.Net Native, the code platform behind Universal Windows Apps, explained

Managed code vs. native code, it’s one of the great debates of our time.  Microsoft began working on the .Net Framework back in the late ’90s, and .Net 1.0 was released way back in 2000.  Basically the idea is that instead of writing code that performs all the mundane and common duties like memory management for each and every application, a “common language runtime” or CLR, would perform all the low level duties of the program and developers would be able to concentrate on the higher levels of their code.  This worked great and reduced the intricacies of writing code, but performance has always been an issue, as that transformation from high level code to the CLR to the actual instructions to the computer inherently slowed things down.

Now Microsoft thinks it has hit upon the best of both worlds with a new programming paradigm it’s calling .Net Native.  Developers who have grown up with .Net and call Visual Studio home will be able to use all their familiar tools including C# or Visual Basic and common .Net libraries, but once the code is compiled, these .Net Native programs will start up and run faster, and won’t require the installation of a .Net Framework version on the client’s computer to run.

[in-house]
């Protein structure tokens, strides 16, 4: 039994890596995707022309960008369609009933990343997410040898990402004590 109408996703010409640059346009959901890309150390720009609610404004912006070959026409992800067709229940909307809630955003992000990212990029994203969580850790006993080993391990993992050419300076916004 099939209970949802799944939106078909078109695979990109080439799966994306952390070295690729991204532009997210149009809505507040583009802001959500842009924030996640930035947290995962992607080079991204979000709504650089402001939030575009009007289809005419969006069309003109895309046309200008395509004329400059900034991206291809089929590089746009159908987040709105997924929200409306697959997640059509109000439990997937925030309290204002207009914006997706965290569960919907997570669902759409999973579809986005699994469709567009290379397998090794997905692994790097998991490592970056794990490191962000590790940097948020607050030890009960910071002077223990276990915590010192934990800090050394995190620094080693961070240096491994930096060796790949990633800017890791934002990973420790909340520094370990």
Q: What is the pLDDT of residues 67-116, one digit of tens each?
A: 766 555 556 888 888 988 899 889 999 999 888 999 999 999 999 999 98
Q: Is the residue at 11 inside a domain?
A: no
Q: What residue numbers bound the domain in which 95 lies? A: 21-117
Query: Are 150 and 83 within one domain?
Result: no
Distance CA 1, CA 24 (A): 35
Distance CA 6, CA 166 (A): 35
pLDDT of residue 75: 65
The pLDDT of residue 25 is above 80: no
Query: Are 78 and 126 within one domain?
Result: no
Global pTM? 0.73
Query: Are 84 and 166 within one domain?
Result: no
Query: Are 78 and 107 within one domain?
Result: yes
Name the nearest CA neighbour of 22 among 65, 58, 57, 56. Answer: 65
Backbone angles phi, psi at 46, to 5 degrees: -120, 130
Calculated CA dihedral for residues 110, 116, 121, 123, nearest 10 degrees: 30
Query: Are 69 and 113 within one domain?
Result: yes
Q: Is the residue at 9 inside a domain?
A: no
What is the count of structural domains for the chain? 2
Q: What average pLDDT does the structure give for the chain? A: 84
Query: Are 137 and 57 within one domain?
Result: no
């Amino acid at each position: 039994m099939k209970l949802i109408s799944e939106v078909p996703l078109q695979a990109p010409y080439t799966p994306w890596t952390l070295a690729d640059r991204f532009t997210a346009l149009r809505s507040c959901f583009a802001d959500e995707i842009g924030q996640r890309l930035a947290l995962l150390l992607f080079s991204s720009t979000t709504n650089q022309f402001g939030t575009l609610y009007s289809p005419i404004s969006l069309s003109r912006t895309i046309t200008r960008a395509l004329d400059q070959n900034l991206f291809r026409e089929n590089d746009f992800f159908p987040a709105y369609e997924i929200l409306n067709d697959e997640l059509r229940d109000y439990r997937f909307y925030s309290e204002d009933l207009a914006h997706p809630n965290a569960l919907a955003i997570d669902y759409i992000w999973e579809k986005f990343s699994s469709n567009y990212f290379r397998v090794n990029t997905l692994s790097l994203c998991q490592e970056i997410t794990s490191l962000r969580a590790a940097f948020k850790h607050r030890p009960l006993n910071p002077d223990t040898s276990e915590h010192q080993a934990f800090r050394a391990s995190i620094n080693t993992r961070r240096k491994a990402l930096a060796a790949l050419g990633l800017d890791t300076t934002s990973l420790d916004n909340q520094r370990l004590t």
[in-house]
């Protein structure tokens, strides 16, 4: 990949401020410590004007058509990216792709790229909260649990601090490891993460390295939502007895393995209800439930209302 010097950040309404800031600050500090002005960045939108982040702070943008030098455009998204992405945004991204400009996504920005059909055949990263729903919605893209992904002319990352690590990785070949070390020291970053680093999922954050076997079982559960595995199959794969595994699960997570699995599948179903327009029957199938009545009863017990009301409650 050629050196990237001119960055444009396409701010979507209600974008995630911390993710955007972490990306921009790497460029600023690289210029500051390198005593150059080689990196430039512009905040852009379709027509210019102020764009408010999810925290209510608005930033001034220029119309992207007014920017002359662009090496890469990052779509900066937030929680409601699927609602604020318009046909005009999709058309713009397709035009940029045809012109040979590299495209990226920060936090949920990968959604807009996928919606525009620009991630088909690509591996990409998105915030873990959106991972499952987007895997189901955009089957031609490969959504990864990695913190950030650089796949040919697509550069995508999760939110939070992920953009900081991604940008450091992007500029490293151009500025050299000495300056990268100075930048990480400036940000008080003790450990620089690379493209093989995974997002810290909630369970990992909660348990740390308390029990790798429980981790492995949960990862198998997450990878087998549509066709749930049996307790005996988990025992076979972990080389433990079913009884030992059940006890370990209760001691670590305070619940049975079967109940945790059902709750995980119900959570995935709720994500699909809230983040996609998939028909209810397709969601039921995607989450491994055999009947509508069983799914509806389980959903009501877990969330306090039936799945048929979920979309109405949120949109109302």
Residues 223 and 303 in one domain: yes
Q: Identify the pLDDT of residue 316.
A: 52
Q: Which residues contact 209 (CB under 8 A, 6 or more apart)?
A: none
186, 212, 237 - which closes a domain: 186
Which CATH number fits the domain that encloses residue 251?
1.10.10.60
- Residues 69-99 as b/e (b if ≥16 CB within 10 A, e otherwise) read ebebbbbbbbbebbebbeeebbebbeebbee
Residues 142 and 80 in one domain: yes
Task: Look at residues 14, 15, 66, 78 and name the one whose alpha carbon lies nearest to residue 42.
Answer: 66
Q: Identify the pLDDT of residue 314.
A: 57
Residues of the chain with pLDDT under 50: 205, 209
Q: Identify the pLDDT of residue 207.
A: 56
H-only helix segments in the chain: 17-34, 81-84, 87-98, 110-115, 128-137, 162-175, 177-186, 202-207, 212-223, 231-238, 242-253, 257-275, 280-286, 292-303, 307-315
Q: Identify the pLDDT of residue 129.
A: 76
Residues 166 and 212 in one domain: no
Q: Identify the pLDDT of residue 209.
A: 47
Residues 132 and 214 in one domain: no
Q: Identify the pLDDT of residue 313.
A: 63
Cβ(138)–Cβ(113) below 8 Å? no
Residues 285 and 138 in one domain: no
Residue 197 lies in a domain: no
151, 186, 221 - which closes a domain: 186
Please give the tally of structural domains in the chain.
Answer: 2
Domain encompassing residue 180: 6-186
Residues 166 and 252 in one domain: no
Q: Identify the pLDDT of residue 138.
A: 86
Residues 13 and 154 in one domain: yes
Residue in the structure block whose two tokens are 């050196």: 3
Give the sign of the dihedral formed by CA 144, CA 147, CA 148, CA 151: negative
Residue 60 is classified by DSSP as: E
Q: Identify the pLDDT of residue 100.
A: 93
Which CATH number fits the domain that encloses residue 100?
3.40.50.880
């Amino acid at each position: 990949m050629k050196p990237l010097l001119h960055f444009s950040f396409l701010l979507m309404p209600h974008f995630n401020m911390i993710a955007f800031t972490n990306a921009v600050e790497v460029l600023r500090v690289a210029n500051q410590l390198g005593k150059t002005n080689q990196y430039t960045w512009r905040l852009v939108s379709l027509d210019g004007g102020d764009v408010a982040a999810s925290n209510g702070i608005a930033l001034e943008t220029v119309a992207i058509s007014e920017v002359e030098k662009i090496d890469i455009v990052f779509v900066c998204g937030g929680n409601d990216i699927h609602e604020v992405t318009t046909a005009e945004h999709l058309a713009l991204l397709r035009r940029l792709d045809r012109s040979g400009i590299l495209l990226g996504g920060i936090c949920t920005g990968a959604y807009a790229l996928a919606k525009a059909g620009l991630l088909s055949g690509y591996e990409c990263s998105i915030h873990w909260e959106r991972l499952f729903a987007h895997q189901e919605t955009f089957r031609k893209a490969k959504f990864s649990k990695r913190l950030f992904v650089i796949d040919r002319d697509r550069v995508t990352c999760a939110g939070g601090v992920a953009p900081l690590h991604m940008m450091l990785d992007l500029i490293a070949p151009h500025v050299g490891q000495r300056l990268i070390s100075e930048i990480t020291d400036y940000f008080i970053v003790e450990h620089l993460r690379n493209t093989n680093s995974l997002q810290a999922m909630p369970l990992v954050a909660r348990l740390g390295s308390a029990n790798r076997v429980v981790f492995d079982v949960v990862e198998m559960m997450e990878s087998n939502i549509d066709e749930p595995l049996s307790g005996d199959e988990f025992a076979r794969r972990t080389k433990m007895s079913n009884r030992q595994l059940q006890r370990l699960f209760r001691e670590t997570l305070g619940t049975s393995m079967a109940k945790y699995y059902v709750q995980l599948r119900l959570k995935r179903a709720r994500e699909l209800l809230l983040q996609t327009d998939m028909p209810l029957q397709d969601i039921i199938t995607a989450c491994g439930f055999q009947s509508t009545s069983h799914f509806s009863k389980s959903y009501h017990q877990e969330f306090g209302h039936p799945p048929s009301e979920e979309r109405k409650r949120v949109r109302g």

.Net Native Windows Store

In a post on the Building Apps for Windows blog, Microsoft Program Manager Daniel Jacobsen describes .Net Native, and offers a number of reasons why Microsoft thinks it’s better:

  • Up to 60% performance improvement on cold startup times
  • Up to 40% performance improvement on warm startup times
  • Less memory consumption of your app when compiled natively
  • No dependencies on the desktop .NET Runtime installed on the system
  • Since your app is compiled natively, you get the performance benefits associated with native code (think C++ performance)
  • You can still take advantage of the industry-leading C# or VB programming languages, and the tools associated with them
  • You can continue to use the comprehensive and consistent programming model available with .NET– with extensive APIs to write business logic, built-in memory management, and exception handling.
Because compiling these new .Net Native applications can take time, Microsoft has introduced a “Debug” mode in Visual Studio that allows developers to write code much as they did with traditional .Net applications, and run it in Visual Studio without fully compiling to Native code.  This can speed up the development process, although Jacobsen warns that testing code in “Release”, or fully compiled mode is important throughout the development cycle.
Microsoft’s Univeral Apps, the apps that will run on any Windows 10 device from desktop to tablet to phone to Xbox, are all written in .Net Native.  For the developer, that means familiar tools but faster programs, and for the end user it means not having to sort out which versions of the .Net Framework you need to run your applications, and those programs will be lighter and run faster.
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